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Denis Darzacq's Hyper Supermarkets

Categories: Food Art
hyper Nº20-72.jpg
Photo by Denis Darzacq
We only do this when we see Grey Goose on sale.
French artist Denis Darzacq has become known worldwide for his photos, which typically incorporate a jumping, twisting, or otherwise active single human set against a busy background. When we caught sight of his Hyper 2007-2009 series on display at the Laurence Miller Gallery in the past (as part of Art Miami) we knew he was finally ready for Short Order fame. (Why? Because, uh, many of the photos were taken in supermarkets. Voila! Relevance.) We caught up with him while he was at Dan and Kathryn Mikesell's Fountainhead Residency in Morningside.

New Times: Why is the collection entitled "Hyper"?

Denis Darzacq: "Hyper" means too much product, too much. There's some emergency that there's need for 500 shampoos behind a woman? You know, is it necessary? All my stories are to find the balance in a real situation. People doing unexpected movement. It's a metaphoric way to find balance in society. We have to find a balance between "having" and "being." There are difficulties being a human being in a materialistic world.

Hyper Nº03 (Riki).jpg
Photo by Denis Darzacq
Frozen in the frozen food section.
Why did you choose markets for the backdrop?

Supermarkets are things we share all over the world, from China to the U.S.A., something we share more than church, religion. This book focuses on globalization, how the world is getting smaller every minute. We need to buy so many goods, it has really become the center of our lives. So many lines and colors. Too much color, too much product, too much money.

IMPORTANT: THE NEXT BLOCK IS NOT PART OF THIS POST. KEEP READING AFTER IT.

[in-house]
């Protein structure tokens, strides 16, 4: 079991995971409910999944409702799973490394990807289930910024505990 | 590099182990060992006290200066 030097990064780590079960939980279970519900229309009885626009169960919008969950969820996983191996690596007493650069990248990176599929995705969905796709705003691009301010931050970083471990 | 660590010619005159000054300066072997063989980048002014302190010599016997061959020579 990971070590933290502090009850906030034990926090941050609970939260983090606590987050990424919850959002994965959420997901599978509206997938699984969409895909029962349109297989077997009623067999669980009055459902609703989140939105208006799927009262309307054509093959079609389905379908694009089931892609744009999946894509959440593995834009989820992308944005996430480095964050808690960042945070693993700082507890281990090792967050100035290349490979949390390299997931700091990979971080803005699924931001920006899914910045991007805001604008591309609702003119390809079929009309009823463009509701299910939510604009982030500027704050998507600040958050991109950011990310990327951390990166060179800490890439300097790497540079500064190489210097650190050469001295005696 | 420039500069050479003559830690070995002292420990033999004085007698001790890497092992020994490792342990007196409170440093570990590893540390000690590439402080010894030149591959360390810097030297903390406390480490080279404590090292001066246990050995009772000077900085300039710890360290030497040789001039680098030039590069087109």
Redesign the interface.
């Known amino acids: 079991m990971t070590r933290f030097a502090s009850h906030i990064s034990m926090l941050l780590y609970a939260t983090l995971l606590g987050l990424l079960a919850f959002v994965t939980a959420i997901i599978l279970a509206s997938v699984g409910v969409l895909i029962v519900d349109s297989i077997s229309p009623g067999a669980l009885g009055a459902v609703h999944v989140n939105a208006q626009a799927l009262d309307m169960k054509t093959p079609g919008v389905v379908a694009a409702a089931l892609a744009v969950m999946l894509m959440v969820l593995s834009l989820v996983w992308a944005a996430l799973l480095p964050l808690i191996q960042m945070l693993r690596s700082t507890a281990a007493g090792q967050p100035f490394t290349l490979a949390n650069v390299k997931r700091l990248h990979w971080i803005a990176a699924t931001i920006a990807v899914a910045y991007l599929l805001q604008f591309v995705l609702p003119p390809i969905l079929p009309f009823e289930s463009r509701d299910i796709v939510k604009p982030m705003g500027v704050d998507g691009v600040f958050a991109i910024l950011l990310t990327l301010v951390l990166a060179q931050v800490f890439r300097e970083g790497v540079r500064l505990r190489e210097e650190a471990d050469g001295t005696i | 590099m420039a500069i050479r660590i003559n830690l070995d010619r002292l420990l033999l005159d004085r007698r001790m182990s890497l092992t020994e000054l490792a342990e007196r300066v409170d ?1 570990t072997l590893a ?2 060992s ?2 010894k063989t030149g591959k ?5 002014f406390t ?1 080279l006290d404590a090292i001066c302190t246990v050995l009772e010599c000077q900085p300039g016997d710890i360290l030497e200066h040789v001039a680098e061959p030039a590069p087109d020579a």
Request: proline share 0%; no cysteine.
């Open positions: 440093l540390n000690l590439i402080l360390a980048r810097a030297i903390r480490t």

Why did you think to show people jumping in the aisles?

It's a way to find try to find our way in this world. The movement is fake, but it's "over-fake." Fake movement is also liberty. When you do something not allowed, not authorized, not appropriate, it's not necessarily a bad thing. Every inch means something. They kind of throw themselves in a glorious way.

Did you really get people inside these stores or did you superimpose them?

They're real images. Not Photoshopped. The purpose of photography is sharing a moment together. [Watch this documentary to see how Darzacq makes it happen.]

Who are your subjects?

Mostly they're from poor areas. Best way to express yourself is with your body when you are young. I use someone who knows a little sport, a little street dance. I do casting from dance companies, hip-hop companies, street dancers...

Do you have a favorite from the supermarket series?

Denis.jpg
Photo by Riki Altman
This one on the [book] cover. It looks like Jesus on the cross. It's got a melancholic meaning, this image. It shows the height of movement after you go up but just before you go down.

Who buys your pieces? Did any supermarkets want to own them for display?

I only sell to collectors and museums. That's it.

No restaurants or hotels?

I would never exhibit in a restaurant. I don't want to make decoration. I want to make art. It's not entertainment, you know what I mean?

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